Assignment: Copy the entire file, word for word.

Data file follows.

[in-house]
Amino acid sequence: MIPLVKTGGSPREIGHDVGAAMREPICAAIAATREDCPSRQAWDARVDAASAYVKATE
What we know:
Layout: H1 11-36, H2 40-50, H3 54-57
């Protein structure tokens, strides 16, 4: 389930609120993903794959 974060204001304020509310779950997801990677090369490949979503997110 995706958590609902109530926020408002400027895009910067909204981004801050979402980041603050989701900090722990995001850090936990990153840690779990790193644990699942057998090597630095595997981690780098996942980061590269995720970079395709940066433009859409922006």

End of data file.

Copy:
[in-house]
Amino acid sequence: MIPLVKTGGSPREIGHDVGAAMREPICAAIAATREDCPSRQAWDARVDAASAYVKATE
What we know:
Layout: H1 11-36, H2 40-50, H3 54-57
């Protein structure tokens, strides 16, 4: 389930609120993903794959 974060204001304020509310779950997801990677090369490949979503997110 995706958590609902109530926020408002400027895009910067909204981004801050979402980041603050989701900090722990995001850090936990990153840690779990790193644990699942057998090597630095595997981690780098996942980061590269995720970079395709940066433009859409922006």